1) Have the kids arrive chock full of inspiration! Or, at least with an idea or two. A sketch couldn’t hurt, either. The central activity at Free Ink Day was creating relief prints on rubber templates a bit smaller than a postcard. The prints are made by carving a design into the rubber, coating the plate with ink, then pressing the plate onto a paper card. The biggest challenge in this process was coming up with a design, which leads me to suggest…
2) Plan to spend at least an hour designing, carving, inking and printing the kids’ creations. Free Ink Day spans three hours, but we came near the end in order to catch a special puppet show put on by Open Eye Figure Theatre. As a result, the kids were rushed in their printmaking, one squeaked in a print by the skin of her teeth, and it was semi-stressful scrubbing everyone’s hands clean in time for the show.
3) Budget time for cleanup! This one should definitely not be overlooked. Printmaking can be messy business. Aprons are provided, but you might want to dress in clothes you don’t care much for, just to be on the safe side.
Free Ink Day at Highpoint Center for Printmaking
912 W Lake Street
Minneapolis, MN 55408
Activities are open to all ages, but most kids 5 & under will need a significant amount of help with the printmaking tools. No advance registration is required.
As the line between late spring and early summer starts to melt away in the rising temps, it’s time to update our master list of Twin Cities beaches, outdoor swimming pools, water parks and splash pads. Several are anticipating an opening Memorial Day Weekend with dozens more following suit in early June. Find your new splash happy spot from our following suggestions:
Nature Playgrounds are a growing trend for good reason; scientists keep finding connections between nature to child development and well-being.
It used to be, according to my children, that in order for a park to be authentic, it needed at least a slide and a set of swings. I was less enthusiastic about taking them to places like state parks simply because I felt I’d have to go the extra mile to “prove” that playing and exploring in a natural environment could be just as fun as clambering around a commercially manufactured jungle gym. Don’t get me wrong – the local playgrounds can be a lot of fun, too. And some are really inventive! But I have to say that I get a deeper satisfaction from watching them play in a more natural setting: digging, figuring out how to climb that tree, following paths, building forts. They become immersed in tossing rocks into the water, scouting frogs, collecting wildflowers. They also gradually forget that “playing at the park” requires a plastic treehouse.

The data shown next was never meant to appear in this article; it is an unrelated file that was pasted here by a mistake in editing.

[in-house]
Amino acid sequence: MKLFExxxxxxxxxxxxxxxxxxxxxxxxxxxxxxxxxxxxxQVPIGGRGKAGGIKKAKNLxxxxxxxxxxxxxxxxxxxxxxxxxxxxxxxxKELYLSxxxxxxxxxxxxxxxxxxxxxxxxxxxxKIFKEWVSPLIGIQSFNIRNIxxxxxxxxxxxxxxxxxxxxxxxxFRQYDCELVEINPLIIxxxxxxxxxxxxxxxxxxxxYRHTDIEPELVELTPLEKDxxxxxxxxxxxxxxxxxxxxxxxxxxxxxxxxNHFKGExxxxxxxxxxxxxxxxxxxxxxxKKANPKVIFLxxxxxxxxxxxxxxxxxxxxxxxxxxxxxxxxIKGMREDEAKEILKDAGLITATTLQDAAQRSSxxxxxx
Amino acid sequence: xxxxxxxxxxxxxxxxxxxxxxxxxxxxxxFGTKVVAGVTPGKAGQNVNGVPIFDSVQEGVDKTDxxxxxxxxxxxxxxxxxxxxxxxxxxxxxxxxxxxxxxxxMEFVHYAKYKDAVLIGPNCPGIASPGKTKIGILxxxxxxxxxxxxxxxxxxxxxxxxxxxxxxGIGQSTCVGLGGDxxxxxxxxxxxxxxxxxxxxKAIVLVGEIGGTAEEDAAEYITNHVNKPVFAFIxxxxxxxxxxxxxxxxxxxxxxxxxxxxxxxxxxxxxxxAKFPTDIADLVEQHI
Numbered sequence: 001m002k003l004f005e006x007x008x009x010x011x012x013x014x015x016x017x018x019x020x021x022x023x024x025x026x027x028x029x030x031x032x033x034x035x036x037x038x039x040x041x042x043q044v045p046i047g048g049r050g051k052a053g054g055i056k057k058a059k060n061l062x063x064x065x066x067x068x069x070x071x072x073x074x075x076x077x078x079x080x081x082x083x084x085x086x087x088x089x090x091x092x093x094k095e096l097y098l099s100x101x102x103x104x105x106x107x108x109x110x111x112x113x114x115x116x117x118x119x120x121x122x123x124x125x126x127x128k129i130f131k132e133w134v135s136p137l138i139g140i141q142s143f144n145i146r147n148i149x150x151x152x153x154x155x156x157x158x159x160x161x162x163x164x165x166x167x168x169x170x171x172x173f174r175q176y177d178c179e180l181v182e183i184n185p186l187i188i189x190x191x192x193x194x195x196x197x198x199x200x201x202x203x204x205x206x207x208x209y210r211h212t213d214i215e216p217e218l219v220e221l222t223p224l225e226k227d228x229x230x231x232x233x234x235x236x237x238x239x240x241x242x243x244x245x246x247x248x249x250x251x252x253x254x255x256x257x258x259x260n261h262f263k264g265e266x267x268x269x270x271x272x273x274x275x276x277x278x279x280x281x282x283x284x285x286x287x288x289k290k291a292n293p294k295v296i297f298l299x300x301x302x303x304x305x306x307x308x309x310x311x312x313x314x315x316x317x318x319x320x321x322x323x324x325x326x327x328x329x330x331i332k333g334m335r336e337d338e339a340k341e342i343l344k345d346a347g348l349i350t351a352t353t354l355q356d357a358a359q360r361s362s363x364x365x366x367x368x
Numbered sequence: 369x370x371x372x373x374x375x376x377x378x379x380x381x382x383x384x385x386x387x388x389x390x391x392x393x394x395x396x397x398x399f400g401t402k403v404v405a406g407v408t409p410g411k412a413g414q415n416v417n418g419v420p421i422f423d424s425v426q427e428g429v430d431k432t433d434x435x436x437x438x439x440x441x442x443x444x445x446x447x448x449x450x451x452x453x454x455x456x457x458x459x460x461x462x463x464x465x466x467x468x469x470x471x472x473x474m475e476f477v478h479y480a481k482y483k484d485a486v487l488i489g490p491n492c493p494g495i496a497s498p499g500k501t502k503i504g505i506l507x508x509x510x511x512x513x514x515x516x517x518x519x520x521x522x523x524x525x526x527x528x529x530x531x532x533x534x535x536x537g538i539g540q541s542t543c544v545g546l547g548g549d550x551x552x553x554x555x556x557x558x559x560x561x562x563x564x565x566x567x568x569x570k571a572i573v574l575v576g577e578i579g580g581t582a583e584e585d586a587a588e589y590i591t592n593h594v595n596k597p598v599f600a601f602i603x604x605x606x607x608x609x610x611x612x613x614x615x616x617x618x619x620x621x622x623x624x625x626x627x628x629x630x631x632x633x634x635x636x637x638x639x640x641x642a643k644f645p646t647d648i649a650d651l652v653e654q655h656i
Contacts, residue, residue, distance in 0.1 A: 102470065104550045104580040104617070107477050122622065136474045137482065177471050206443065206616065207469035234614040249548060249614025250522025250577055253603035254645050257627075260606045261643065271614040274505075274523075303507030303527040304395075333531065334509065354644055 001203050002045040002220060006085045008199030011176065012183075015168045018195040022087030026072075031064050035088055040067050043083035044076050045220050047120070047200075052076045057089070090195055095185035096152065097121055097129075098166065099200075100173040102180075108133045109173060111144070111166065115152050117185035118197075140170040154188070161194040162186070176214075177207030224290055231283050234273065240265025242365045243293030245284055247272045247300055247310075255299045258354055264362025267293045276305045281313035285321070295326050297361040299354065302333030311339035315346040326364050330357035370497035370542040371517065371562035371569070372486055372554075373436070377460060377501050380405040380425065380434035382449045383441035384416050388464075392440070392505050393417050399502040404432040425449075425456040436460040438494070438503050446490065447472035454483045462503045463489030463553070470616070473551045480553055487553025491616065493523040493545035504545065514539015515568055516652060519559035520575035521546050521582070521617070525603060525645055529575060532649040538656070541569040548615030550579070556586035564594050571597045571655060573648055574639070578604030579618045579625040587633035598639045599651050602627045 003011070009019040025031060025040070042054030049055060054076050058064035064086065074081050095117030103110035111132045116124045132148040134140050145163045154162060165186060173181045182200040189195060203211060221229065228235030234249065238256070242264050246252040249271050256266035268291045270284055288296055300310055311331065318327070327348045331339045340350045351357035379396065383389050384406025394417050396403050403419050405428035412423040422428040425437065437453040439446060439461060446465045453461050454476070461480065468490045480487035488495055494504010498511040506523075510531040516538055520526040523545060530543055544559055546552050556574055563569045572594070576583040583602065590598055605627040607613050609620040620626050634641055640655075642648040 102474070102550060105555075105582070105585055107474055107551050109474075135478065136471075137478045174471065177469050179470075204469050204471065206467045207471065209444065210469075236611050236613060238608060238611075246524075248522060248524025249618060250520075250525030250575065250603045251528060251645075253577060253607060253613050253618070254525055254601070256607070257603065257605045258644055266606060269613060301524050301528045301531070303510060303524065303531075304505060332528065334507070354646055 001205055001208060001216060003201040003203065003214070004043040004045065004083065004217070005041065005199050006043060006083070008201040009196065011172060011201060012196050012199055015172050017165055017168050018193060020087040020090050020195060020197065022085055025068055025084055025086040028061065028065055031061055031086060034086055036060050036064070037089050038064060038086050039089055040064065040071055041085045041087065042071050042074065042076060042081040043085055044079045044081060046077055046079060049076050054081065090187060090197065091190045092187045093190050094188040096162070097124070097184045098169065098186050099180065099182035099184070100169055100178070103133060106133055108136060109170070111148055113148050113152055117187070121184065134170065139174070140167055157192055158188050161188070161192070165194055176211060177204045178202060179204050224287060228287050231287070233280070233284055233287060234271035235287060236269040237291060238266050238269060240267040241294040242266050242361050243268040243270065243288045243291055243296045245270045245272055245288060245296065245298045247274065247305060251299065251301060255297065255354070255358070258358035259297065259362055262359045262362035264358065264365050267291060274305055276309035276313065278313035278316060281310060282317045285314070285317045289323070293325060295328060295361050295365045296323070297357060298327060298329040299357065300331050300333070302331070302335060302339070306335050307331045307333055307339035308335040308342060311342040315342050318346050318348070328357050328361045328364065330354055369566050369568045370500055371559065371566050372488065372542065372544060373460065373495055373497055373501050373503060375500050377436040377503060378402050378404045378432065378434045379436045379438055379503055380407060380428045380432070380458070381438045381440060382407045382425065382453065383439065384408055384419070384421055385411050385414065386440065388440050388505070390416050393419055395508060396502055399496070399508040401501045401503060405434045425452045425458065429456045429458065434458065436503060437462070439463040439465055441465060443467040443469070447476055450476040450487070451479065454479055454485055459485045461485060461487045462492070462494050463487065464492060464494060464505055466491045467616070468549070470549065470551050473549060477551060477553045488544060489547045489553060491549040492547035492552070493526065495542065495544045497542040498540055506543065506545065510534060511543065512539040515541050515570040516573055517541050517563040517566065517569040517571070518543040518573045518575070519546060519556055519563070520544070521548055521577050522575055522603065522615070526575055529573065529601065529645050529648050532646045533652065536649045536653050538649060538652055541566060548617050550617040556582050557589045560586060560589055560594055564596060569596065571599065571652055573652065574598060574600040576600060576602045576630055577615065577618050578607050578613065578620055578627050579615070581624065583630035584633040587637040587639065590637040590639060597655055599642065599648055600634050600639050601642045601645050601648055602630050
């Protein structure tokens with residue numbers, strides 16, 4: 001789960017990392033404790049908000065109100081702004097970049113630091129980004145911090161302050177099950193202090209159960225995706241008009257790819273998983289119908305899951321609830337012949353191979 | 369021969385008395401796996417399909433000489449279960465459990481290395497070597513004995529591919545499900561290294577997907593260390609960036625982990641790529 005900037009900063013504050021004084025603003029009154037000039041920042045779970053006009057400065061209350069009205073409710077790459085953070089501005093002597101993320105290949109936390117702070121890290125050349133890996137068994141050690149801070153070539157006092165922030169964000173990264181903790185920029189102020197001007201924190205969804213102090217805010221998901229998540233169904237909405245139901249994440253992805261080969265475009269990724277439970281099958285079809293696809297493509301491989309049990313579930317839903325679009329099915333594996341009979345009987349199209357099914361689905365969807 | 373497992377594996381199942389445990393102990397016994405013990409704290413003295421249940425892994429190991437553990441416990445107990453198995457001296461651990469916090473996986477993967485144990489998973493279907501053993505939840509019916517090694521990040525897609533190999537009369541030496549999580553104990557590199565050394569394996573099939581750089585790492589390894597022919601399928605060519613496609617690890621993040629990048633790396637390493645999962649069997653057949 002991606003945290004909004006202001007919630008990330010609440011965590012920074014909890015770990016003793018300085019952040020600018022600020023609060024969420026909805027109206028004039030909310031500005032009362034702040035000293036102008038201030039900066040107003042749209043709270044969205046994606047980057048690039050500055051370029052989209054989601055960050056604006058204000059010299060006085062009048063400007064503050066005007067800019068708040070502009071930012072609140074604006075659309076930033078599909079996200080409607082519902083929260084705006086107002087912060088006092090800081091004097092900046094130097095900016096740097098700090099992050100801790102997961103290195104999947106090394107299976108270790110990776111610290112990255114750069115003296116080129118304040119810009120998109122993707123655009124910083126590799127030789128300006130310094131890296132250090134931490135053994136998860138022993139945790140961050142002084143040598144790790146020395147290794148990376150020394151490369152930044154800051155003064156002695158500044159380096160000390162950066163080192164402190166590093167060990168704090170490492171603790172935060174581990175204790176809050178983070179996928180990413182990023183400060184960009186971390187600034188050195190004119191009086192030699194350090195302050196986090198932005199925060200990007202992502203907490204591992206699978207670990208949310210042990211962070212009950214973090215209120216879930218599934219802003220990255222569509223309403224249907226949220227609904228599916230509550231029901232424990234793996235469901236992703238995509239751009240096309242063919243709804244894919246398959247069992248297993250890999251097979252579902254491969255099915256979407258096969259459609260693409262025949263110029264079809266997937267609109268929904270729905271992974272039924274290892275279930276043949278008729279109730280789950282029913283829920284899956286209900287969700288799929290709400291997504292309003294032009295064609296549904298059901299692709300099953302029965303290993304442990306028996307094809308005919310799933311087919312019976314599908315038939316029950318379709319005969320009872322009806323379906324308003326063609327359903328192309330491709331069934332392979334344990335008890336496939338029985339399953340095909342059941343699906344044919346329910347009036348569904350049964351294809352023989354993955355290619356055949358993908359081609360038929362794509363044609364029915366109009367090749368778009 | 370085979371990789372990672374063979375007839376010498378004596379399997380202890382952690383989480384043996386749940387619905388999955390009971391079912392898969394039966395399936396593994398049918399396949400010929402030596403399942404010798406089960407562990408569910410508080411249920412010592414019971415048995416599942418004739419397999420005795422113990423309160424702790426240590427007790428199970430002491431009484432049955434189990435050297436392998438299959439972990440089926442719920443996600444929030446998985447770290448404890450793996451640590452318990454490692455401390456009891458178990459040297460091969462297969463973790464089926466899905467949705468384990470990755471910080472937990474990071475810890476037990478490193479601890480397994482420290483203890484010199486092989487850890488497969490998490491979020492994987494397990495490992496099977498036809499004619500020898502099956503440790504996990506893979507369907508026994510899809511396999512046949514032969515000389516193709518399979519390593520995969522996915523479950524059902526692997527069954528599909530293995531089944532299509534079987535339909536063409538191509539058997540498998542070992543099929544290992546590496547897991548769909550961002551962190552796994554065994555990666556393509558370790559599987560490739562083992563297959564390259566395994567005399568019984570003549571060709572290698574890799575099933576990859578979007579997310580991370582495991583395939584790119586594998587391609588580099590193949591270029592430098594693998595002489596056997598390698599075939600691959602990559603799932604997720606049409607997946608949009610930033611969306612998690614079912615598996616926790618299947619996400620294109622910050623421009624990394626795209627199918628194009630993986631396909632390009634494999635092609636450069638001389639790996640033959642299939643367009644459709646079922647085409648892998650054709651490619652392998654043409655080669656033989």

So here’s what I find really cool: incorporating natural elements into new playground designs seems to be the trend. More places are popping up where kids get the opportunity to interact with the landscape and, perhaps, develop a greater appreciation for it. Here are
seven places I’ve discovered that have those goals in mind:
TWIN CITIES JUNE FAMILY FESTIVAL IDEAS
Get your fill of June family festival outings with this handy list of local celebrations around the Twin Cites. Most are free. If there is admission, it is listed. Family-friendly highlights are listed for each: